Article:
Wednesday 7 December 2016

Tribunal rules school must enrol Traveller

John Walshe Education Editor

Published 10/12/2010 | 05:00

A secondary school has been ordered to enrol a young Traveller who was refused admission in September.

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The ruling, by an equality tribunal, has major implications for schools' admissions policies generally.

The case against the Christian Brothers High School in Clonmel, Co Tipperary, was taken by Mary Stokes on behalf of her son John. She sought the assistance of the Irish Traveller Movement Independent Law Centre when she was told there was no place for her eldest son.

The family was notified that the number of applicants exceeded the places available.

The school, which is considering appealing the tribunal's ruling, had enrolled 140 pupils and turned away a number of applicants, including John Stokes. Its enrolment policy prioritised applicants on:



  • being a Roman Catholic;
  • a brother or father having attended the school;
  • and attendance at a local feeder primary school.


While meeting two out of the three criteria, John could not comply with the parent or sibling rule and, as a result, was not offered a place, said a spokesperson for the Traveller Movement.

"The facts were such that, as the eldest child in his family, he could not have a sibling in the school and also, as the first male in his family to progress to secondary school, he could not have had a parent who attended the school.

"As a Traveller, John's father was statistically much less likely than someone from the settled population to have attended second level," she said.

When John's father was of school-going age in 1981 only 10pc of Travellers went on to secondary school.

The Law Centre claimed that the criterion of having a family member, specifically a parent, who had previously attended the school disproportionately affected Travellers and that it amounted to indirect discrimination under Section 3(2)(i) and Section 7(2)(a) of the Equal Status Acts 2000-2008.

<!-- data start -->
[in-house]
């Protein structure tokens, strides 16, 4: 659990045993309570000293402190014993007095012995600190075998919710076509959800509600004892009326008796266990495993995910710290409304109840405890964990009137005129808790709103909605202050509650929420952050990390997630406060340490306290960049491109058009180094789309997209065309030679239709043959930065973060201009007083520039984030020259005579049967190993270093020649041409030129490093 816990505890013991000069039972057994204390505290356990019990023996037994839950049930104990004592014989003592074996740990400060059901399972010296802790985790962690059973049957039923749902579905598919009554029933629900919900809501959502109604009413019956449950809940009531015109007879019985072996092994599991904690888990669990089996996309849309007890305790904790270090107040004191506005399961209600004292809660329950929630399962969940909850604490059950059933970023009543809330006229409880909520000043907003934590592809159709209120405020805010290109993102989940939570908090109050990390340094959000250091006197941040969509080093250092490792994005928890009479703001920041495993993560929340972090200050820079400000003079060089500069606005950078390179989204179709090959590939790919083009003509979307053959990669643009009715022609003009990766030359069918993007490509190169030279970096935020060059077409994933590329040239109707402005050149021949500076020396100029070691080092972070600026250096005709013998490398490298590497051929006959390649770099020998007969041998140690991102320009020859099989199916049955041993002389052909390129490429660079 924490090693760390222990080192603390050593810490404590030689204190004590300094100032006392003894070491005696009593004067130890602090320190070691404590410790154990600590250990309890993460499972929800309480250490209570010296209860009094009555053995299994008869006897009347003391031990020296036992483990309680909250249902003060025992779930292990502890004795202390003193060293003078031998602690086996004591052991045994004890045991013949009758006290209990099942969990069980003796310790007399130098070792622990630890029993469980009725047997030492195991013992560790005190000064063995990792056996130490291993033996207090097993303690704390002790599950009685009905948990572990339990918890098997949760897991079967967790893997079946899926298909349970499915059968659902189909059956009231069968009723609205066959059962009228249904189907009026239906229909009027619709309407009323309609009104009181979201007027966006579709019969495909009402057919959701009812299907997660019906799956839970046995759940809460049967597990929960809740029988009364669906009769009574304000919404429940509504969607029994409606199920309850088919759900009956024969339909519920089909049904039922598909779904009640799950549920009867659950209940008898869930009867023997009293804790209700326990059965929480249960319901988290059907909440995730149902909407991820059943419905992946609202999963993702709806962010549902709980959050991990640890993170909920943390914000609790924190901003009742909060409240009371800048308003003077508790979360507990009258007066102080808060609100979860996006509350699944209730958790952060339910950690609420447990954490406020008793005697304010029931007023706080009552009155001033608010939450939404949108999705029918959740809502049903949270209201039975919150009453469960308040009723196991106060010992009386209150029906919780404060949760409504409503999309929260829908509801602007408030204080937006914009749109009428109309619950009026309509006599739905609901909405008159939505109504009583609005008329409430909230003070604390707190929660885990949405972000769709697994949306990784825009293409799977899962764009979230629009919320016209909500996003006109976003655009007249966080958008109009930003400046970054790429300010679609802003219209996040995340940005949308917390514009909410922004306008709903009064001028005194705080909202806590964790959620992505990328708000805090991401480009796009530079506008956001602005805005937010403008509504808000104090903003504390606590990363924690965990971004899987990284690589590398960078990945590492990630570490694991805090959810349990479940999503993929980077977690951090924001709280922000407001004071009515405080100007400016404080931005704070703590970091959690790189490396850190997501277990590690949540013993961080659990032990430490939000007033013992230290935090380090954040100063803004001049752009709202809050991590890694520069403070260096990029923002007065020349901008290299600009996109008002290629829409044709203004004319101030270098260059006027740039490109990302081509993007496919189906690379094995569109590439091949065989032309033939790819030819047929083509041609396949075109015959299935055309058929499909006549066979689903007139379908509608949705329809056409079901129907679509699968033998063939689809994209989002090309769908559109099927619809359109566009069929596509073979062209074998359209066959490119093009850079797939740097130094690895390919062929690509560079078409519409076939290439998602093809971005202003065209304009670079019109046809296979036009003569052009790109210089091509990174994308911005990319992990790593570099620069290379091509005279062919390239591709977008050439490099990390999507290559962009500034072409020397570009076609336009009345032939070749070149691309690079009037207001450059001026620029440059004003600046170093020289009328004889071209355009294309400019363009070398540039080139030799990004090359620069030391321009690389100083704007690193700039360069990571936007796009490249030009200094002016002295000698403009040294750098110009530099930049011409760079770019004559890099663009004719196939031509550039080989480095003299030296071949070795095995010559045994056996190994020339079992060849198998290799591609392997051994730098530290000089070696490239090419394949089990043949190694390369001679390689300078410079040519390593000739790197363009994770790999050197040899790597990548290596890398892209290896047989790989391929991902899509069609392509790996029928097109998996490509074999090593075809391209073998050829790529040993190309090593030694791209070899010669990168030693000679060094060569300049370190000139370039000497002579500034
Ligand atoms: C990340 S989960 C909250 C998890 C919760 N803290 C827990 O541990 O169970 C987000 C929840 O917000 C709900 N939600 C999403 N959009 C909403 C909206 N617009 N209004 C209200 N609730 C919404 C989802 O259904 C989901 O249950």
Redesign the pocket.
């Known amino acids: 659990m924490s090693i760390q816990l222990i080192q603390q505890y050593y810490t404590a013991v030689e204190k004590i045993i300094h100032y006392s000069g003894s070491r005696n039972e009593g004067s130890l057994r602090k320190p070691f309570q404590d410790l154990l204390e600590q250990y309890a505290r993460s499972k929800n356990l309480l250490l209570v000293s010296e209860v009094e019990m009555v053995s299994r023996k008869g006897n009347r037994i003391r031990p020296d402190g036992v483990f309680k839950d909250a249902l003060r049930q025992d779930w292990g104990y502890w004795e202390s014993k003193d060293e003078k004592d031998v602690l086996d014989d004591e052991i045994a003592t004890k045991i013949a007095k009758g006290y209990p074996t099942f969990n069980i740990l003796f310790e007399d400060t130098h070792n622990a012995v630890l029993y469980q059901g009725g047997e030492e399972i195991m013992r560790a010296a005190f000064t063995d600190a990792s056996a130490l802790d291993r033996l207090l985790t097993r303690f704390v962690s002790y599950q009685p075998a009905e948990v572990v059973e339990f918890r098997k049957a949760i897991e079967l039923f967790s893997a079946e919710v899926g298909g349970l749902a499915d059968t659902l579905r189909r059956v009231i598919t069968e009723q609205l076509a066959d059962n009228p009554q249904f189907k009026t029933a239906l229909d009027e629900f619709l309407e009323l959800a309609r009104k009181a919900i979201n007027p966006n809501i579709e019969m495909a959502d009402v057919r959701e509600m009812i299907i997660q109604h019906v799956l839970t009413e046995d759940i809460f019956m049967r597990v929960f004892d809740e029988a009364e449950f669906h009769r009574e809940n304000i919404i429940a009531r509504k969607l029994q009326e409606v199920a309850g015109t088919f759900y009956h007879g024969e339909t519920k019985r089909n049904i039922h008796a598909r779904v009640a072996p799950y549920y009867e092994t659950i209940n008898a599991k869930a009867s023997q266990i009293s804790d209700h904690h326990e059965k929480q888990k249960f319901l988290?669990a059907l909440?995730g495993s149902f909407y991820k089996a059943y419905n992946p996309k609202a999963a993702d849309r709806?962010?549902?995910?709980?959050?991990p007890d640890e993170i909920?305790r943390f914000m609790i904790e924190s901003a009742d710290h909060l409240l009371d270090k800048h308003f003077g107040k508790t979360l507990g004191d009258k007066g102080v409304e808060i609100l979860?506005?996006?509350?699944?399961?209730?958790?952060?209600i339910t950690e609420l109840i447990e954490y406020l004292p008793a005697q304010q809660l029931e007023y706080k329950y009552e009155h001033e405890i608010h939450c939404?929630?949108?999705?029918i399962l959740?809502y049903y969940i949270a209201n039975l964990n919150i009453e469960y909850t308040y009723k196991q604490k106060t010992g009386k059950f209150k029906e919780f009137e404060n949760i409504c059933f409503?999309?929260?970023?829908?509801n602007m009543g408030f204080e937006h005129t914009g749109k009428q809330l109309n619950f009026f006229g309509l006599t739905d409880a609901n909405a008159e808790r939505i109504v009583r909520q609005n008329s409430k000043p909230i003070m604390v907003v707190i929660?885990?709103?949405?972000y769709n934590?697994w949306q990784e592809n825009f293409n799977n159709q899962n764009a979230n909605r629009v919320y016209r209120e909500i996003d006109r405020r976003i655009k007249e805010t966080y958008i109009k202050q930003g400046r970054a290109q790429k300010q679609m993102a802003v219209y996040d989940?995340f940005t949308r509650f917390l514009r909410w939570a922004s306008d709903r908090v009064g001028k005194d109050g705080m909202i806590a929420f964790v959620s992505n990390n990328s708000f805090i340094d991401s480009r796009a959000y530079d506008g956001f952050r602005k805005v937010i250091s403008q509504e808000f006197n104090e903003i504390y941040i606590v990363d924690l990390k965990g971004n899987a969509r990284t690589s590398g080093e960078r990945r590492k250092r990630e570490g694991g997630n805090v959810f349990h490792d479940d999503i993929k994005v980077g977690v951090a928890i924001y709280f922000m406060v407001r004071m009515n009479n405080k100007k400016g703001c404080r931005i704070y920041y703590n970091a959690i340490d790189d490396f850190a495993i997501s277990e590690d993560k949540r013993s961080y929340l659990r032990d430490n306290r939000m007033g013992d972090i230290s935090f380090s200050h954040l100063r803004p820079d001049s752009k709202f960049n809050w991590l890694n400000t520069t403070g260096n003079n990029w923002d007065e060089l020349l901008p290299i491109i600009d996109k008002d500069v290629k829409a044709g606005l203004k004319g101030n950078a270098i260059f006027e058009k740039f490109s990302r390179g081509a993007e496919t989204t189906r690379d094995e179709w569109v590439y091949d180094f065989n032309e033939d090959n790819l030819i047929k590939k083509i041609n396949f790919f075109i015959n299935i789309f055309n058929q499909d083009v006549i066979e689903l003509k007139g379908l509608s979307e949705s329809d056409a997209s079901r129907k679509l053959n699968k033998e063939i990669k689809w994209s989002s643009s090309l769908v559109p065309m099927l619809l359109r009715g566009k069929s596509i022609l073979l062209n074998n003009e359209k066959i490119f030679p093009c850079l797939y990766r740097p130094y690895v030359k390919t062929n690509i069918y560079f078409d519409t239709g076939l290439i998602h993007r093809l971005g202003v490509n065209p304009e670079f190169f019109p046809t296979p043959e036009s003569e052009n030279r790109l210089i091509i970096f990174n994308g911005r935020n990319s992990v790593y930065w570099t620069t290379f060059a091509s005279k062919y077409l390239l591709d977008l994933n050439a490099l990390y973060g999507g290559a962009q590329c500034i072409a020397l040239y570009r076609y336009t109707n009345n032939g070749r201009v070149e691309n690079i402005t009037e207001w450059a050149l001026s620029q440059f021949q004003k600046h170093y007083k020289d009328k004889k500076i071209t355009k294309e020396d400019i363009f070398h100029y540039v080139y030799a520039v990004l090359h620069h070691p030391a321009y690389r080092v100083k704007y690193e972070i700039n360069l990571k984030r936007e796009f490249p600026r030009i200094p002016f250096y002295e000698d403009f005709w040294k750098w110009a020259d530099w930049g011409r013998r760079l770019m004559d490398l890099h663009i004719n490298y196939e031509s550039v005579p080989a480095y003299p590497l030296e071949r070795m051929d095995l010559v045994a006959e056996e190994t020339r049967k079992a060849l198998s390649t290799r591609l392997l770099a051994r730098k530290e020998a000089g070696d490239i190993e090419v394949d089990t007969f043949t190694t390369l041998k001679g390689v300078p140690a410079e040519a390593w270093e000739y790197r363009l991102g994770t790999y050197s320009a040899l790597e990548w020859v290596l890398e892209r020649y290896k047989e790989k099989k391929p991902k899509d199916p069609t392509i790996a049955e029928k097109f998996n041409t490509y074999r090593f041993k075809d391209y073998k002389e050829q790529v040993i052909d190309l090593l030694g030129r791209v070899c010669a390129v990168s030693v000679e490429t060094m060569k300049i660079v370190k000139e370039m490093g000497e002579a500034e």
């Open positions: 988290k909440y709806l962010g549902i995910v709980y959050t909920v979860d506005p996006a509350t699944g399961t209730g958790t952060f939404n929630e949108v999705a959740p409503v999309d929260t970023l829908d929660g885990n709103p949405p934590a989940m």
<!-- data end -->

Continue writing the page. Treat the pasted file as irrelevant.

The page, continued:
The tribunal disagreed with the school's policy and ordered that it immediately offer a place to John. It also told the school to review its admissions policy to ensure it does not indirectly discriminate against pupils on any of the grounds covered by Section 3(2) of the Equal Status Act. The nine grounds are: gender; marital status; family status; sexual orientation; religion; age; disability ground; race and membership of the Traveller community.

Hurdle

Representing the family at the tribunal hearing were Irish Traveller Movement Law Centre solicitor Ramona Quinn and barrister Vivian Meacham. Ms Quinn said the sibling or parent rule was a hurdle most Travellers could not surmount.

The Department of Education and Skills recommends that "all post-primary schools should have an enrolment policy that accords with education and equality legislation and that welcomes Travellers, celebrates cultural diversity, and promotes interculturalism".

The director of the National Association of Principals and Deputy Principals, Clive Byrne, said schools would have to consider the implications of the ruling on admissions' policies.

Irish Independent

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